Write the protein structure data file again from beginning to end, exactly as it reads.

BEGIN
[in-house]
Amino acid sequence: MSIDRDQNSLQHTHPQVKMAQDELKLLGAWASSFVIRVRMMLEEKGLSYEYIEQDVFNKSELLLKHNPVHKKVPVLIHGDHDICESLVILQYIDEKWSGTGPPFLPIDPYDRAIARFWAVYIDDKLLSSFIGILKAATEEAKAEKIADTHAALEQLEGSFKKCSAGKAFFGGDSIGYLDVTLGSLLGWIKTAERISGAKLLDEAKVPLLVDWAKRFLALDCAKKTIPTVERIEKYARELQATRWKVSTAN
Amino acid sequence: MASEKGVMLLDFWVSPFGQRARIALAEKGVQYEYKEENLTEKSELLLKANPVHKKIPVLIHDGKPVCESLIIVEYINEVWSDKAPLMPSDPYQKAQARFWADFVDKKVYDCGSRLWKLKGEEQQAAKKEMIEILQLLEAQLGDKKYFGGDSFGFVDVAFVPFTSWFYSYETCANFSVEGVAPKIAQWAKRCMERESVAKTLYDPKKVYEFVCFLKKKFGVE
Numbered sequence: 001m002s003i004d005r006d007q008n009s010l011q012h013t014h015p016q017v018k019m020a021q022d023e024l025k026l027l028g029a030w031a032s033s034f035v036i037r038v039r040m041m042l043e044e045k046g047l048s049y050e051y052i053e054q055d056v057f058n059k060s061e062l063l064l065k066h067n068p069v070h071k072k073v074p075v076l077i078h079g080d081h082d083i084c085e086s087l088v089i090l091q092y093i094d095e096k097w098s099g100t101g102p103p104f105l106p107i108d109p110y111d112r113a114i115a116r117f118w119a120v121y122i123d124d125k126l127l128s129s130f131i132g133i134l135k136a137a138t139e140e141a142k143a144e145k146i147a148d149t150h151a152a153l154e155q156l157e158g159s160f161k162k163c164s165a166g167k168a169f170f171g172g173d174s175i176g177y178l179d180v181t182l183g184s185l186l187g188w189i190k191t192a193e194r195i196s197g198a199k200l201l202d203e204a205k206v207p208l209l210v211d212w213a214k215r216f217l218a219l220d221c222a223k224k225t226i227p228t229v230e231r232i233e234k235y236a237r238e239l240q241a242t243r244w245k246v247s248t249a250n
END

[in-house]
Amino acid sequence: MSIDRDQNSLQHTHPQVKMAQDELKLLGAWASSFVIRVRMMLEEKGLSYEYIEQDVFNKSELLLKHNPVHKKVPVLIHGDHDICESLVILQYIDEKWSGTGPPFLPIDPYDRAIARFWAVYIDDKLLSSFIGILKAATEEAKAEKIADTHAALEQLEGSFKKCSAGKAFFGGDSIGYLDVTLGSLLGWIKTAERISGAKLLDEAKVPLLVDWAKRFLALDCAKKTIPTVERIEKYARELQATRWKVSTAN
Amino acid sequence: MASEKGVMLLDFWVSPFGQRARIALAEKGVQYEYKEENLTEKSELLLKANPVHKKIPVLIHDGKPVCESLIIVEYINEVWSDKAPLMPSDPYQKAQARFWADFVDKKVYDCGSRLWKLKGEEQQAAKKEMIEILQLLEAQLGDKKYFGGDSFGFVDVAFVPFTSWFYSYETCANFSVEGVAPKIAQWAKRCMERESVAKTLYDPKKVYEFVCFLKKKFGVE
Numbered sequence: 001m002s003i004d005r006d007q008n009s010l011q012h013t014h015p016q017v018k019m020a021q022d023e024l025k026l027l028g029a030w031a032s033s034f035v036i037r038v039r040m041m042l043e044e045k046g047l048s049y050e051y052i053e054q055d056v057f058n059k060s061e062l063l064l065k066h067n068p069v070h071k072k073v074p075v076l077i078h079g080d081h082d083i084c085e086s087l088v089i090l091q092y093i094d095e096k097w098s099g100t101g102p103p104f105l106p107i108d109p110y111d112r113a114i115a116r117f118w119a120v121y122i123d124d125k126l127l128s129s130f131i132g133i134l135k136a137a138t139e140e141a142k143a144e145k146i147a148d149t150h151a152a153l154e155q156l157e158g159s160f161k162k163c164s165a166g167k168a169f170f171g172g173d174s175i176g177y178l179d180v181t182l183g184s185l186l187g188w189i190k191t192a193e194r195i196s197g198a199k200l201l202d203e204a205k206v207p208l209l210v211d212w213a214k215r216f217l218a219l220d221c222a223k224k225t226i227p228t229v230e231r232i233e234k235y236a237r238e239l240q241a242t243r244w245k246v247s248t249a250n